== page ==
The 2020 Rivers Conservation and Fly Fishing Camp scheduled for June 21-26, 2020, has been canceled. The camp was to be held at Messiah College near Yellow Breeches Creek. Messiah has canceled all events at the college through the end of June. We had three students from FTTU’s region accepted into the 2020 camp. All those accepted to the 2020 camp are automatically accepted to the 2021 camp scheduled for June 20-25 provided they inform the camp of their intentions to attend.
FTTU has also canceled our annual stream-side clean up of Loyalhanna Creek in the Delayed Harvest section in Ligonier that was scheduled for May 6, 2020. Keep Pennsylvania Beautiful, in collaboration with DEP and Penn DoT has postponed the statewide cleanup until fall. We will reschedule our litter cleanup of Loyalhanna Creek for sometime in September. As the pandemic situation improves, and the stay-at-home restrictions are relaxed, we will evaluate options for activities during the summer and early fall. Needless to say, the May meeting is also canceled.
TU President and CEO Chris Wood offered free Trout Unlimited memberships to every essential employee in America last week as a “thank you” for putting themselves in harm’s way during the coronavirus outbreak.
In addition to offering free one-year memberships to essential workers, TU is also giving memberships to emergency personnel, first responders and those in the health care community that might benefit from becoming a member of the TU community.
On behalf of Trout Unlimited, thanks to all essential workers who continue to report to work, perform their duties and make life easier for the rest of us. If you’re an essential worker, please reach out directly to Chris, and he’ll hook you up with a complimentary membership.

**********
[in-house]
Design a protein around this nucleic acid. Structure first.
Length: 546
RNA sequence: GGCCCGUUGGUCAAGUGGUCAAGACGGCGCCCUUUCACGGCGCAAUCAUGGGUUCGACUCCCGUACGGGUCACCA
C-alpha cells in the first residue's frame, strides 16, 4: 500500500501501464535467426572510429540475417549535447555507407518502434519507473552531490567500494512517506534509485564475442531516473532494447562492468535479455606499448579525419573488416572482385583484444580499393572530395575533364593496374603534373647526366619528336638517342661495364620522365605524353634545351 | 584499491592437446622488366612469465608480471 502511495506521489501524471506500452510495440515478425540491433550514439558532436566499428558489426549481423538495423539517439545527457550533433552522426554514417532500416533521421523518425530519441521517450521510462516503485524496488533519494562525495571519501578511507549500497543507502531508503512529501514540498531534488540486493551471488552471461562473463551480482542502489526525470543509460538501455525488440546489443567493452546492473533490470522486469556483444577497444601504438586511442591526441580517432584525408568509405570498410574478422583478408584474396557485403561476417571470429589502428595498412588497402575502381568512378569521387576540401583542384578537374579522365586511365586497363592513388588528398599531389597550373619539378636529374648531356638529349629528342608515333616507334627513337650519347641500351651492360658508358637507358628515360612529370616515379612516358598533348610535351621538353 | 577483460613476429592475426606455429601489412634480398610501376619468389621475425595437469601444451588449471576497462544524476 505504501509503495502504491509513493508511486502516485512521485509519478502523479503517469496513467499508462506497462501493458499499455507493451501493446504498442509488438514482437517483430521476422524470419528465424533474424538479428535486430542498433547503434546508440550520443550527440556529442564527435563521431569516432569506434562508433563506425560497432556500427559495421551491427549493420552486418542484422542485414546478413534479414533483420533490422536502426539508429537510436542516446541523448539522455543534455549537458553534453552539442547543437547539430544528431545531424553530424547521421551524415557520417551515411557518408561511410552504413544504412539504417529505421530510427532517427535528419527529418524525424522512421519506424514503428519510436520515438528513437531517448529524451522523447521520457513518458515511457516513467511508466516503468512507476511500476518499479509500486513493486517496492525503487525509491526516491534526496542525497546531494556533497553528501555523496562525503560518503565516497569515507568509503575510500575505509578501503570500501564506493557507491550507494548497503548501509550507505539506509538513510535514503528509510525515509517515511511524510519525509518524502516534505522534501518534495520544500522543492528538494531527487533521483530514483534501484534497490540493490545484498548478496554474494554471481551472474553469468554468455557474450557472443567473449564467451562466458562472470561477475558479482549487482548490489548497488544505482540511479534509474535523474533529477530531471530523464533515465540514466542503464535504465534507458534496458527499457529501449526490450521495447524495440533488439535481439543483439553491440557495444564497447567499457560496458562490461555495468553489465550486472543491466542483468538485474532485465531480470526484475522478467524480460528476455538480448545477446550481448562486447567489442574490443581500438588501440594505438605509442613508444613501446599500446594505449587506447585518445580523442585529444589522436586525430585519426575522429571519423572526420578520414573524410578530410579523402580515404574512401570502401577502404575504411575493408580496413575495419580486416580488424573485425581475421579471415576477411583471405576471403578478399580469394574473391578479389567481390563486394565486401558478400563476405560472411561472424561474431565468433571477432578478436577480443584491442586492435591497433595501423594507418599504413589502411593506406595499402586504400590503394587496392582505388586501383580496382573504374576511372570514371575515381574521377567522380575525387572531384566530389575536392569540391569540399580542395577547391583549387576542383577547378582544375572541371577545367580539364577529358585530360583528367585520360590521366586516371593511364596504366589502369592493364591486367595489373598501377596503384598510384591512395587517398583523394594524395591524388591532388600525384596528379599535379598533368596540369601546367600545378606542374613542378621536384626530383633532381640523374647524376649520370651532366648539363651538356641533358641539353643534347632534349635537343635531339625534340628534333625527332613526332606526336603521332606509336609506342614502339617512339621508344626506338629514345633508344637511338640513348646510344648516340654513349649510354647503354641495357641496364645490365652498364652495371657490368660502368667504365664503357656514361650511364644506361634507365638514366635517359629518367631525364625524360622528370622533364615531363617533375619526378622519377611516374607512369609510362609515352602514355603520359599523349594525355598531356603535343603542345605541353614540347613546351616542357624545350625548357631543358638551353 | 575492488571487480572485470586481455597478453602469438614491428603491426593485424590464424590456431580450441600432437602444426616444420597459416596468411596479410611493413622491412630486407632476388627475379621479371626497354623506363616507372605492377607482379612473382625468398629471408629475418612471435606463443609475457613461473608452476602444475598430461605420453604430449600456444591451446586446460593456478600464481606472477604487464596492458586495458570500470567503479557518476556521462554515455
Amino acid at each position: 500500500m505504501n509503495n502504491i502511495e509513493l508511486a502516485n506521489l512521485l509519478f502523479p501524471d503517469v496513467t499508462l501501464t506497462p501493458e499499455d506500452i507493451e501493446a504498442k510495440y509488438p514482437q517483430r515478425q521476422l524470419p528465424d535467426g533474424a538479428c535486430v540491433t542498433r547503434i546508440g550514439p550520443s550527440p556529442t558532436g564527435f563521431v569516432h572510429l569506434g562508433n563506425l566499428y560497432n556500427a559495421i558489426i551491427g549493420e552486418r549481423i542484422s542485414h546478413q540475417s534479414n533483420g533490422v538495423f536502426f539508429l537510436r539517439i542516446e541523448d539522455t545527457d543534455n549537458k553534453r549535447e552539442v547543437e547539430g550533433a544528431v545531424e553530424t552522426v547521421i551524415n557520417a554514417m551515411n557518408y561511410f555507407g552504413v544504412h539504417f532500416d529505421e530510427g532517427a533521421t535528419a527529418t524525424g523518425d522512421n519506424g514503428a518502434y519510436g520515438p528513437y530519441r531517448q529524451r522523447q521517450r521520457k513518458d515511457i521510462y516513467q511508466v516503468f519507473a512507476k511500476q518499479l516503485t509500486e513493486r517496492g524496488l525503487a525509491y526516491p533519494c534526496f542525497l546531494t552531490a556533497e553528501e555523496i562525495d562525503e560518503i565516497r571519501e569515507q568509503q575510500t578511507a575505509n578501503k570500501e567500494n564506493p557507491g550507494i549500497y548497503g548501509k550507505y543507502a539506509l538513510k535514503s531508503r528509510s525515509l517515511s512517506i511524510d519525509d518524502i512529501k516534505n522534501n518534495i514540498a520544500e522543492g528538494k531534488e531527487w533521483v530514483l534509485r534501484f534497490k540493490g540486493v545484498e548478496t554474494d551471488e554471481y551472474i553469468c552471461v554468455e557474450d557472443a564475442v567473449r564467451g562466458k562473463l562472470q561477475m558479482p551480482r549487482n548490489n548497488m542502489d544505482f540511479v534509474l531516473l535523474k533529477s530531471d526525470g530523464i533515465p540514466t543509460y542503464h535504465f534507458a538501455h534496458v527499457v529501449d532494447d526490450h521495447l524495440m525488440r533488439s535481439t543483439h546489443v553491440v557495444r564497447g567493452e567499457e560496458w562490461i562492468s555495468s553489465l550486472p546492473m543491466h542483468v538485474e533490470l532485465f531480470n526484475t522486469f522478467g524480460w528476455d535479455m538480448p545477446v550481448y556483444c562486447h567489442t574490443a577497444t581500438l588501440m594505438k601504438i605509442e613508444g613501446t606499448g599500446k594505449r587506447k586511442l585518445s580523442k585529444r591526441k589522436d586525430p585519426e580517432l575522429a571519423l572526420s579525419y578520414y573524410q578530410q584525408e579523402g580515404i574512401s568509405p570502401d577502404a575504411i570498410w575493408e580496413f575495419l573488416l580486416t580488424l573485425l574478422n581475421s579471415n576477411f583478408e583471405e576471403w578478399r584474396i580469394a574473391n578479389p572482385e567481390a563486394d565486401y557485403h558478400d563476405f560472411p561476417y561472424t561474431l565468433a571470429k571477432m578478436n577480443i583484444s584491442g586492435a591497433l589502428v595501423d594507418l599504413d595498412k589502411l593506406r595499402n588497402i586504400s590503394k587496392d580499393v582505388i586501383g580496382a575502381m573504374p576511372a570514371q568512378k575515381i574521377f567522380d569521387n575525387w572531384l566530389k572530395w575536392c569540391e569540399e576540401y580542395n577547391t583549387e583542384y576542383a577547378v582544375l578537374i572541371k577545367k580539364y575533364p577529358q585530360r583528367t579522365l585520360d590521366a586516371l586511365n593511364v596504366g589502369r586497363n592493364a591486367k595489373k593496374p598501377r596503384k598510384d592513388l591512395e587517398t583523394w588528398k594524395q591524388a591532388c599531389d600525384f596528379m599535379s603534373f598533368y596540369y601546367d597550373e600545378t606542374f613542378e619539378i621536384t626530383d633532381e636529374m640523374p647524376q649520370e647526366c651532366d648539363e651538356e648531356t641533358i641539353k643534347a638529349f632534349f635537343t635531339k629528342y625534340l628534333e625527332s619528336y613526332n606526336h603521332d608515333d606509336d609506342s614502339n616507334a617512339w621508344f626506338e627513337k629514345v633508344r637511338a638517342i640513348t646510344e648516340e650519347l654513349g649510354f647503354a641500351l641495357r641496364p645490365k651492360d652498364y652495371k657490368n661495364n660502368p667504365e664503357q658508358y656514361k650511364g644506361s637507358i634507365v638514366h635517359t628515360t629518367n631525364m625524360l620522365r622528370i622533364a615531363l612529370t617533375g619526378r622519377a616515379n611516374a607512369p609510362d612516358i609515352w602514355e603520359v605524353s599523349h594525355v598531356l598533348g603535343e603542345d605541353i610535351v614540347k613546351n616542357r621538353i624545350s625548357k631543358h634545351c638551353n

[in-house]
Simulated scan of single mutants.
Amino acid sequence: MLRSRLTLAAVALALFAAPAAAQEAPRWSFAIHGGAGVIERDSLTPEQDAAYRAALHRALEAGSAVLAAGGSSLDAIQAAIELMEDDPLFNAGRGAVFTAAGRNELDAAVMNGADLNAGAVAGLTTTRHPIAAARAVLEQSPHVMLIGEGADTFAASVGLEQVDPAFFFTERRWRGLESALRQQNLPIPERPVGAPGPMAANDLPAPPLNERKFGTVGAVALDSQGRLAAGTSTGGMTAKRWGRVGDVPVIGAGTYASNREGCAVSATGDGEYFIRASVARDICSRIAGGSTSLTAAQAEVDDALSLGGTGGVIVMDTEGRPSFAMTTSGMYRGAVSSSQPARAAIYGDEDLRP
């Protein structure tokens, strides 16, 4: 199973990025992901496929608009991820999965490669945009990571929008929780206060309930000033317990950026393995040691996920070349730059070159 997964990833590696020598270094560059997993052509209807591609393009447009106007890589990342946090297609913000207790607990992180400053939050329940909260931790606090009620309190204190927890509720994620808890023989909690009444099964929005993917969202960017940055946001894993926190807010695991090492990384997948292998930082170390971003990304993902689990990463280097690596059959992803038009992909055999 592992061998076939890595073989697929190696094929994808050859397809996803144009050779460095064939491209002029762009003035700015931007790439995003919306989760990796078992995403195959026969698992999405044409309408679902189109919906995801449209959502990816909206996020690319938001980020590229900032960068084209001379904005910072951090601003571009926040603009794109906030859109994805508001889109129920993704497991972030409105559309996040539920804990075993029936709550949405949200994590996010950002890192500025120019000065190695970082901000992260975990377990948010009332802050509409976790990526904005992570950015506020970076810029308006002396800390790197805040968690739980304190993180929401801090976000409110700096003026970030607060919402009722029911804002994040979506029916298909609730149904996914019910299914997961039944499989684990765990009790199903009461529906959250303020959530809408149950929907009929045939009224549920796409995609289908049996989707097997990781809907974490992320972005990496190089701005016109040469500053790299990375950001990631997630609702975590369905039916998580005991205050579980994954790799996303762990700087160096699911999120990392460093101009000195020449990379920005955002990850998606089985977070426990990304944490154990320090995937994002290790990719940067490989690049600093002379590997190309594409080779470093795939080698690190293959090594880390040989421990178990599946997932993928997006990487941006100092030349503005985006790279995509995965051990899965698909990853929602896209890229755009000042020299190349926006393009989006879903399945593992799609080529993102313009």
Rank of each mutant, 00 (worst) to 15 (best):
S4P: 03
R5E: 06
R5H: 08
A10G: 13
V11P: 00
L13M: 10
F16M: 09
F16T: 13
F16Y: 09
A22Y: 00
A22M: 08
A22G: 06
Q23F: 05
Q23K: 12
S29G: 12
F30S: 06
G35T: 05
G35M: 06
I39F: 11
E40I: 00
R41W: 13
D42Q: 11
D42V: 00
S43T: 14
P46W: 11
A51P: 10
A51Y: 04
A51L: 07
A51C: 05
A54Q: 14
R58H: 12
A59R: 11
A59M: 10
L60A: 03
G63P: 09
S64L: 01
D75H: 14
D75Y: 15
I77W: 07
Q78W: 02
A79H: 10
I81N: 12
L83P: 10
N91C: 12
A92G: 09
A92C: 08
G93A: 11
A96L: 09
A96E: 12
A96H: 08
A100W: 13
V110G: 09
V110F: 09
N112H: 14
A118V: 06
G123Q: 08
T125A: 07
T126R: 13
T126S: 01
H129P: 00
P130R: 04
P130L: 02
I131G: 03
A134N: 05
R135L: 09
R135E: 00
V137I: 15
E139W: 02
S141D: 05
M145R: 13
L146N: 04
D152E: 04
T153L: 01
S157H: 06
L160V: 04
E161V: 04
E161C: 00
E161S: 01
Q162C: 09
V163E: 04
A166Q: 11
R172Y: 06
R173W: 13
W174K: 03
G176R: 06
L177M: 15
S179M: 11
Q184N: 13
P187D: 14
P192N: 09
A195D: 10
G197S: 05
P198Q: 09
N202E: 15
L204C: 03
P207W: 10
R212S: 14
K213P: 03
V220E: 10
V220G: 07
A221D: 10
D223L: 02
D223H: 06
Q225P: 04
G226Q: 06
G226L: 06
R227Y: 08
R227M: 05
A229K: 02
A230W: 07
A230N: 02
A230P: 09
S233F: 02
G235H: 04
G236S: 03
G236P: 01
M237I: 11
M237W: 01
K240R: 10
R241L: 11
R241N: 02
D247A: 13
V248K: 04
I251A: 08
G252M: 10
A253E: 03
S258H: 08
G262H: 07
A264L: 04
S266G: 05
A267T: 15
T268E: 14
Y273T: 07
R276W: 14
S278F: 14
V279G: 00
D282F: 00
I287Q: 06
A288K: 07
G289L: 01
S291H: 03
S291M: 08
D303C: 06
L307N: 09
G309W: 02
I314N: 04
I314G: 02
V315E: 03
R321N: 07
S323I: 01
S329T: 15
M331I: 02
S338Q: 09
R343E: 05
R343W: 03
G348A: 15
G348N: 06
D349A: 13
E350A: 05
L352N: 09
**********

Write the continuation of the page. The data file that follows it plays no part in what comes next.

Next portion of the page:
In order to prevent opening day crowds, the Pennsylvania Fish and Boat Commission has decided to open trout season early, so as of 8:00 am today, Tuesday, April 7, trout season began statewide in Pennsylvania. Size and creel limits, license requirements and normal regulations still apply. Mentored Youth Day originally scheduled for April 11 will not take place this year.
The PAF&BC will continue to stock streams this spring, but in order to prevent crowds, a stocking schedule will not be posted and the public will not be permitted to help with stocking.
Click HERE for the official announcement.
Sad to report that our Veterans Outing scheduled for May 2 at the Kingston Sportsmen’s Club has been canceled and tentatively rescheduled for May, 1, 2021. The family outdoors event scheduled for May 31 at Keystone State Park has also been canceled.
We will not be having a May meeting, but we may go ahead with the litter pick-up on May 6 if Penn Dot will still haul away the trash. We would all have to keep spread out. For now all clean ups are on hold. Check back here for updates.
FTTU officers and directors will be keeping in touch with each other via emails and video conferencing and will continue to plan for the future.
Some good news, two of three area Trout in the Classroom programs have released their fish and the third has the school principal feeding the trout and the fish will be released soon.
Trout fishing is still on but members are encouraged to follow common sense social distancing protocol, travel to the stream in separate cars, and bring your own drinks and lunches. Of course, most of us prefer to get as much space to ourselves as we can on the stream so that’s helpful for proper stream etiquette. See the PAF&BC guidelines in the previous post.
So, until we meet again, be careful, stay healthy and stay informed on FTTU news with forbestrailtu.org.